Not a single day has passed, on my adoption journey, where I didn’t feel loved, accepted, and supported by these four people in my life. Words can never fully express my gratitude. If you are pregnant and making an adoption plan, communicate with those around you. Do not make assumptions. Voice your needs and your concerns. Allow them to be there for you. If you are pregnant and feeling alone, please find your tribe of supporters in positive, adoption support groups, with the adoptive couple you pick or within the agency you place with. No one should have to walk alone!
My Mom & Dad
After I announced my “mother-to-be” status, my parents were supportive and backed me up on my adoption plan. I know that time was difficult for them; they had critics, within their group of friends and church members, who openly disagreed with my decision to place my baby for adoption. My parents are religious, they didn’t agree with my lifestyle, and yet they stood by me from day one and ignored the naysayers.
Years after placement, I interviewed my parents about the day they found out I was pregnant and asked my father what his first thoughts were. He replied, I failed you. My heart sank. For many years, I thought he was angry, and I mean angry by the way that he didn’t speak a word to me for a week after I told him I was pregnant. I had no idea the weight he was carrying in my decisions. Now, as a mother of three, I understand his response with greater depth.
My mother was the first person I called when I found the couple who I wanted to raise my baby. My mother was there when we met them. My parents were in the room when I delivered. My parents were present when I placed my precious baby girl in the arms of her father. They were both by my side when I started speaking out about my story as a birth mother, in the middle of our religious community. I can’t imagine my adoption journey without the two of them standing next to me, as they still do today.
My husband and I were engaged one month after I placed my baby girl for adoption and married three months later! He held my hand while I was nine months pregnant and he encouraged me to do what I felt was right. Our first year of marriage, we spent countless, restless nights together as I cried and voiced my grief. He listened to me, held me, and guided me the best he knew how. When I started a non-profit organization that supported birth mothers post placement, he believed in me. When I told him I was going to quit my well-paying job to write my adoption memoir, he said, go for it! Having a spouse that has been a part of my adoption journey from day one has been a benefit to me emotionally, and together we have taken this unfamiliar and emotional path.
My high school friends were the foundation for my courage! Courage to make difficult decisions and the courage to believe in me. During my pregnancy, they threw me a baby shower, but instead of baby gifts, they made me a scrapbook of our photos together. The scrapbook also contained a letter of encouragement from each of them. If I lost friends during my pregnancy, I didn’t notice, because my core group was strong and believed in who I was and who I was becoming. I can’t thank them enough for seeing me way before I discovered myself. I love you guys!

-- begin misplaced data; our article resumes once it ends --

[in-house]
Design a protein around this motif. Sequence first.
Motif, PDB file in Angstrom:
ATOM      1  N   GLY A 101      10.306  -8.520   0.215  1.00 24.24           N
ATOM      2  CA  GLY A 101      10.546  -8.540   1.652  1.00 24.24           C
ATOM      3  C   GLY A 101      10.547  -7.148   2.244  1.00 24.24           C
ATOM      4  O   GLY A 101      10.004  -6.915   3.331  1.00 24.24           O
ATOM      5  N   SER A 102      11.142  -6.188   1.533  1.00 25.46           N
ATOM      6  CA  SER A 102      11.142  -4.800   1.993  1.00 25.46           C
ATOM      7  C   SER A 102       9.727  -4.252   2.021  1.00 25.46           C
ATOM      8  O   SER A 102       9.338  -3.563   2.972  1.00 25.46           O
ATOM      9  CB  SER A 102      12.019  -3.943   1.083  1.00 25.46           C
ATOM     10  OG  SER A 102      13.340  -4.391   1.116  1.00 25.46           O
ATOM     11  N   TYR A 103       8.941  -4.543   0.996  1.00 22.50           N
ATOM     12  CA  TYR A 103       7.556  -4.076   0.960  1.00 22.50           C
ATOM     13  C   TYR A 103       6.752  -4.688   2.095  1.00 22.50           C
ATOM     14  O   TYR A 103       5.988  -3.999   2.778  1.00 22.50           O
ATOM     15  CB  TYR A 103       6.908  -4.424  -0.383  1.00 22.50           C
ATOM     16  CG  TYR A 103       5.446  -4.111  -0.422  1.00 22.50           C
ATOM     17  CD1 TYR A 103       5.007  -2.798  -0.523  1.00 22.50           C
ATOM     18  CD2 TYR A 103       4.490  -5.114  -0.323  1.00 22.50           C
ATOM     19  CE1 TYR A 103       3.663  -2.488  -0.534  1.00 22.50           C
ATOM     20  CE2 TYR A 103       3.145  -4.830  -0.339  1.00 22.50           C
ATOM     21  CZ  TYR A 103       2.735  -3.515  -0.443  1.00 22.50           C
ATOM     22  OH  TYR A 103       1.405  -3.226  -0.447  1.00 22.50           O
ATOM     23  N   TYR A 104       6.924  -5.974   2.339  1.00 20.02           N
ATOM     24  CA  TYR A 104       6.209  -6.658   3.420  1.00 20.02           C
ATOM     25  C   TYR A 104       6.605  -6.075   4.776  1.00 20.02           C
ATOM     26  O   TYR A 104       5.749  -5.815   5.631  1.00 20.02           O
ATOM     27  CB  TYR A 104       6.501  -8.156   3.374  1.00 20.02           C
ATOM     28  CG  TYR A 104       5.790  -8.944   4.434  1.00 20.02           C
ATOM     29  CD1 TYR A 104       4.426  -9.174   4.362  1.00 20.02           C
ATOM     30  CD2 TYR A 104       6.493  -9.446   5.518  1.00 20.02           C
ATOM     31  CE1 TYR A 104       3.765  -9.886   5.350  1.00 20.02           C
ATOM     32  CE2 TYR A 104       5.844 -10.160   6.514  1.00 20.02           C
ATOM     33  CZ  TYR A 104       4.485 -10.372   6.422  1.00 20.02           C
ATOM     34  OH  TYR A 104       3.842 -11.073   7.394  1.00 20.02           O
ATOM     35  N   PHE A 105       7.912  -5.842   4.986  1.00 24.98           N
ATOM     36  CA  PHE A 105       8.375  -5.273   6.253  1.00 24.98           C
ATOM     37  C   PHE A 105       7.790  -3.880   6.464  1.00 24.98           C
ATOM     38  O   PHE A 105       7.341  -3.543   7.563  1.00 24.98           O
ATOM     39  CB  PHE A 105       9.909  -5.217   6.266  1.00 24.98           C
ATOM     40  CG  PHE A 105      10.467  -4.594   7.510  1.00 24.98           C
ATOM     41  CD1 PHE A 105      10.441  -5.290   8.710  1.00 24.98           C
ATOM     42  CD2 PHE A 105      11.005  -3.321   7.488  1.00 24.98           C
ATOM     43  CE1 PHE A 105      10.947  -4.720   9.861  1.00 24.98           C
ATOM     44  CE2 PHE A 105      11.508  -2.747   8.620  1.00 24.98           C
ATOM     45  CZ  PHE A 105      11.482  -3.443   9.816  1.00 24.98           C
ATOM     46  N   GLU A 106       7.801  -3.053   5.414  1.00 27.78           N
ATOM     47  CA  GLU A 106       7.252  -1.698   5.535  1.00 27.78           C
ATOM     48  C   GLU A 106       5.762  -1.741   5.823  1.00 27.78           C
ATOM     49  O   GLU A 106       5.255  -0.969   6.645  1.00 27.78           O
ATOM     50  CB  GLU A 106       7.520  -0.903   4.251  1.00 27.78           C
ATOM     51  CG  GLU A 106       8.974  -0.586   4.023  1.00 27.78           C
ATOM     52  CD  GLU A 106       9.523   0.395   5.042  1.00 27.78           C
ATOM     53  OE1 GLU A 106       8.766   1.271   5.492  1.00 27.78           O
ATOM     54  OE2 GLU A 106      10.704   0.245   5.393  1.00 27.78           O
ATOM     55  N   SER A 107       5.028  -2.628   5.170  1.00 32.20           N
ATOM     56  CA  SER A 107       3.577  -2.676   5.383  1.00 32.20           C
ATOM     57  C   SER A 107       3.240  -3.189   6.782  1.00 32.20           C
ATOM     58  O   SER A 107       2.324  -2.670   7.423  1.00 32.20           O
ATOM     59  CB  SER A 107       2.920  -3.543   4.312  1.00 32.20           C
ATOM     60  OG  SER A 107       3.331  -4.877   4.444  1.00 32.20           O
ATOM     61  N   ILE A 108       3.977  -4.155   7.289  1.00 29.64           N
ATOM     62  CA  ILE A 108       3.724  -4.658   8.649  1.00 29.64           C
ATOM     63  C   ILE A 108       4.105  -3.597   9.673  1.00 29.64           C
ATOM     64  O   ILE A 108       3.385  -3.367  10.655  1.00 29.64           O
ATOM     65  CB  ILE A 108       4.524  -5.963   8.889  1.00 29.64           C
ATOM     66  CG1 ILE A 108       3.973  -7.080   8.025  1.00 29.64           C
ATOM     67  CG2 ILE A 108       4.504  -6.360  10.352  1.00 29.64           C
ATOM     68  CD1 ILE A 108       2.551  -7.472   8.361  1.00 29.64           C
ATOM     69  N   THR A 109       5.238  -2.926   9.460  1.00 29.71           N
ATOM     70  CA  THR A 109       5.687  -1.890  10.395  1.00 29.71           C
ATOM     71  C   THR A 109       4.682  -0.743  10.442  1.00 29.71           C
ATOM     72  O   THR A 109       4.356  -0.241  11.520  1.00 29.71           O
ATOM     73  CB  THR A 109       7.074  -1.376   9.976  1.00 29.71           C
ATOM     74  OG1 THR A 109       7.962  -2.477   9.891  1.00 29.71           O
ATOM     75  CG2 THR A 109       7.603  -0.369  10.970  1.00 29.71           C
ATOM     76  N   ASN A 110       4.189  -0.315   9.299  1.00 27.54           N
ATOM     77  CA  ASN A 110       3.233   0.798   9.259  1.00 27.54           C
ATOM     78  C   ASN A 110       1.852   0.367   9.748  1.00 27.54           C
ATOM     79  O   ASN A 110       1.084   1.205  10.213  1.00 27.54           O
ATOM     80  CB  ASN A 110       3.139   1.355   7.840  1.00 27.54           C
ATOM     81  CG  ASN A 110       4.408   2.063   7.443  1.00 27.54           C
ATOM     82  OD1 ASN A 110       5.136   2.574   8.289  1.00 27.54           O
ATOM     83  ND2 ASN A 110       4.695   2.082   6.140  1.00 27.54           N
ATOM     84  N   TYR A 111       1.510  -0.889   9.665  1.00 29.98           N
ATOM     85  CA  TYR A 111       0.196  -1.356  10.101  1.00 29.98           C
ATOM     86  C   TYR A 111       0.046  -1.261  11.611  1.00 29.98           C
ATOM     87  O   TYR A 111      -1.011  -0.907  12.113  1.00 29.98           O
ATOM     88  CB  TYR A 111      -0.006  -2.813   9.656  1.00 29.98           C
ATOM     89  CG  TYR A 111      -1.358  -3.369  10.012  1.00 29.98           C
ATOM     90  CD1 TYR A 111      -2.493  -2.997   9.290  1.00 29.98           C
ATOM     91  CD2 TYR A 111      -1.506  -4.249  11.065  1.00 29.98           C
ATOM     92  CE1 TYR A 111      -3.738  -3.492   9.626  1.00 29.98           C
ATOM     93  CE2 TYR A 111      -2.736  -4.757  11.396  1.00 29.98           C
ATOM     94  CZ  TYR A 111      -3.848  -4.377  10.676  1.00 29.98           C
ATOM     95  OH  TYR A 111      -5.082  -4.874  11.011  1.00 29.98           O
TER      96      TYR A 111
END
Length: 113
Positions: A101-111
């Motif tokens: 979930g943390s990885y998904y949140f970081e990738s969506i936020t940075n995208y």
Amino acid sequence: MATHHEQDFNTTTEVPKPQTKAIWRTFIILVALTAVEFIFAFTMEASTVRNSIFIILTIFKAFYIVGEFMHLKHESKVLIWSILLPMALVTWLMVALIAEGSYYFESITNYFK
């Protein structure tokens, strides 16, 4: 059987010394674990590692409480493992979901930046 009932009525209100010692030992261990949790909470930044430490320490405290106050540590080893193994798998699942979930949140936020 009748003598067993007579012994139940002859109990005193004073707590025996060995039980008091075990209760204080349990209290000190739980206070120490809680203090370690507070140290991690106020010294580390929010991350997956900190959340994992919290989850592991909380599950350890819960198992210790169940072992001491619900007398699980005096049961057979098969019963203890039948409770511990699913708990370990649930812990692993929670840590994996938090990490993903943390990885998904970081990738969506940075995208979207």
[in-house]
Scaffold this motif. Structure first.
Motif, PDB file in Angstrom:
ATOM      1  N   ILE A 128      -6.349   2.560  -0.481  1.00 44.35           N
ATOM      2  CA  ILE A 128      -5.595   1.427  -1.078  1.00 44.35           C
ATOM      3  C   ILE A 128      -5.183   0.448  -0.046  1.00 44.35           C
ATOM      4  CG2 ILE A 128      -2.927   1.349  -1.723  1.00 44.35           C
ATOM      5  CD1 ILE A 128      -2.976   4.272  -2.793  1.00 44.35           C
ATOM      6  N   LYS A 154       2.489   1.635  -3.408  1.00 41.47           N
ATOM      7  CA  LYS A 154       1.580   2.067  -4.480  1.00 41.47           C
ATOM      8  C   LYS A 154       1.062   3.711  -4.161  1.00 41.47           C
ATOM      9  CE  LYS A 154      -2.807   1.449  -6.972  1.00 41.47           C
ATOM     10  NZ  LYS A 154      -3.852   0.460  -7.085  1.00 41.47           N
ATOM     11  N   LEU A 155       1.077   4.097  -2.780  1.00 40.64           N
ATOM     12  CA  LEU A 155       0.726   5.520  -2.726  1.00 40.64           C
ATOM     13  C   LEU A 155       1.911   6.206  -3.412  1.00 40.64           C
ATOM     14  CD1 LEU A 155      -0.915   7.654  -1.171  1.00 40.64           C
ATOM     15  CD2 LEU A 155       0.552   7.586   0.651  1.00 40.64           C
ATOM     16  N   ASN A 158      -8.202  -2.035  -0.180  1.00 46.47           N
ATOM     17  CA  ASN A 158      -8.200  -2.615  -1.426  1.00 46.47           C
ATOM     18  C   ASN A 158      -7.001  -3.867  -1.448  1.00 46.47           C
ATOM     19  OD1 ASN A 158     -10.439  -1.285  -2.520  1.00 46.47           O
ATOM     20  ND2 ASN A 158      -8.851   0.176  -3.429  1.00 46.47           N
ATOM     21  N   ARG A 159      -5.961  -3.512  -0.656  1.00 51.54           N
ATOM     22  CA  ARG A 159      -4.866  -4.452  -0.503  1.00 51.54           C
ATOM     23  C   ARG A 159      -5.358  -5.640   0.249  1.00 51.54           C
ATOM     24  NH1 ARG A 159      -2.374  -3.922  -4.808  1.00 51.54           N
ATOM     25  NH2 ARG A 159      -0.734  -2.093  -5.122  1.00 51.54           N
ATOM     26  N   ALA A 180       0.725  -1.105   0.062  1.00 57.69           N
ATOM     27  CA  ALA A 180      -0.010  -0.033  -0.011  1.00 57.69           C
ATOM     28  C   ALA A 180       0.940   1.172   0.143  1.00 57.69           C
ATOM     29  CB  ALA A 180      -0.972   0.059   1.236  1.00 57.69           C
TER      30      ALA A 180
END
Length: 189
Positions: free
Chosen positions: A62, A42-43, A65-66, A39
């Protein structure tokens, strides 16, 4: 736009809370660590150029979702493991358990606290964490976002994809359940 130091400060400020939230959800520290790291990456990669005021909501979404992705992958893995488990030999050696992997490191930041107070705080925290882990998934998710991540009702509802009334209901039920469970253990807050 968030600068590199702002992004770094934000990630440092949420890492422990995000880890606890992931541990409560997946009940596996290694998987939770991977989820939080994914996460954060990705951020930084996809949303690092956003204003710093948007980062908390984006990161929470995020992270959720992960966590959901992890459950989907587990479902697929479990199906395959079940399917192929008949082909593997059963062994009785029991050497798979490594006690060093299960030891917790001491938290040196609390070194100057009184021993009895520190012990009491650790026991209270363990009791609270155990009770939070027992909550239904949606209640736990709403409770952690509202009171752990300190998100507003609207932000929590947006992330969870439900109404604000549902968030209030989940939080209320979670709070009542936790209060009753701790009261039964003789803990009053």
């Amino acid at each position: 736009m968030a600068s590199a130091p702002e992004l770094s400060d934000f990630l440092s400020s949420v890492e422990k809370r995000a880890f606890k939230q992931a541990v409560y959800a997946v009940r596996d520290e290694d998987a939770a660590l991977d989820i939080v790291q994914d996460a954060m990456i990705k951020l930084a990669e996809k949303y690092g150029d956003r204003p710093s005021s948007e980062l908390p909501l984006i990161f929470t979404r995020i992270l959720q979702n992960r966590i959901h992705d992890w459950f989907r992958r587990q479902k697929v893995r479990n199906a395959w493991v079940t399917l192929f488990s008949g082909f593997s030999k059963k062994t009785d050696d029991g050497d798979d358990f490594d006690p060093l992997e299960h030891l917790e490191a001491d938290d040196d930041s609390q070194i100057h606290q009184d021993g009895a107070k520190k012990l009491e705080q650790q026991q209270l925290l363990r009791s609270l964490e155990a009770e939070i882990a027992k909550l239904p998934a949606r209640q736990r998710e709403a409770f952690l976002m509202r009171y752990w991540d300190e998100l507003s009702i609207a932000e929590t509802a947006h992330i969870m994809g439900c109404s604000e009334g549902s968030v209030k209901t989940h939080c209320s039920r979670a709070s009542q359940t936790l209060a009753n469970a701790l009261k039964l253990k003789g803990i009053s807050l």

I am the youngest of four children. I have two sisters and one brother. During my pregnancy, I lived with my brother, his wife, and their four children. They had a full house, to say the least, and yet they opened their arms and made me feel welcomed. Moving in with them was a choice I made; my parents didn’t send me away in embarrassment. My sisters have always been an example to me, in their unique ways. I never felt that I brought shame to them. Family surrounded me in the delivery room, and I am surrounded by their love now, as I continue to serve in the adoption community.
I know, without a doubt, that I am privileged to have these beautiful people in my life. I know not every birth parent will find such support, and many have no support at all. I can’t imagine how that would feel and how much courage it takes to walk in those shoes. I do believe in our given power to overcome. In lonely moments of fear and doubt, I hope you find peace within.
If you are supporting someone who is pregnant, in the middle of their adoption journey or post-placement, be a strong foundation for them. Listen without judgment. Love unconditionally. Trust them and their path. Don’t look upon them with pity, look upon them with belief; the belief that they can do and become anything they desire. Be someone they can be grateful for on their adoption journey.
As a public speaker and birth mother, Gina has engaged audiences at adoption conferences and birth mother retreats nationwide. After placing her baby for adoption in the fall of 2000, she founded Birth Mother Baskets, a non-profit organization focused on providing emotional support to birth mothers post-placement.
After 14 years of running Birth Mother Baskets, Gina stepped away to pursue a career as a Creative Arts Manager. A severe concussion in 2016 led Gina back to rediscover her real passion for writing and adoption. She has been working on her adoption memoir since that time.
Her writing has been featured on America Adopts, Adoption Today, American Adoptions, Adoption.com, AdoptionLife.org, and CAIRS News Room. Gina has received the UAC Community Excellence Award for outstanding contributions to adoption in Utah.
Gina currently works as a content writer, blogger, and birth mother advocate for CAIRS Solutions. She lives in Utah with her husband and three children. You can read her independent work at ginacrotts.com and follow her on Instagram at @ginacrottswriter.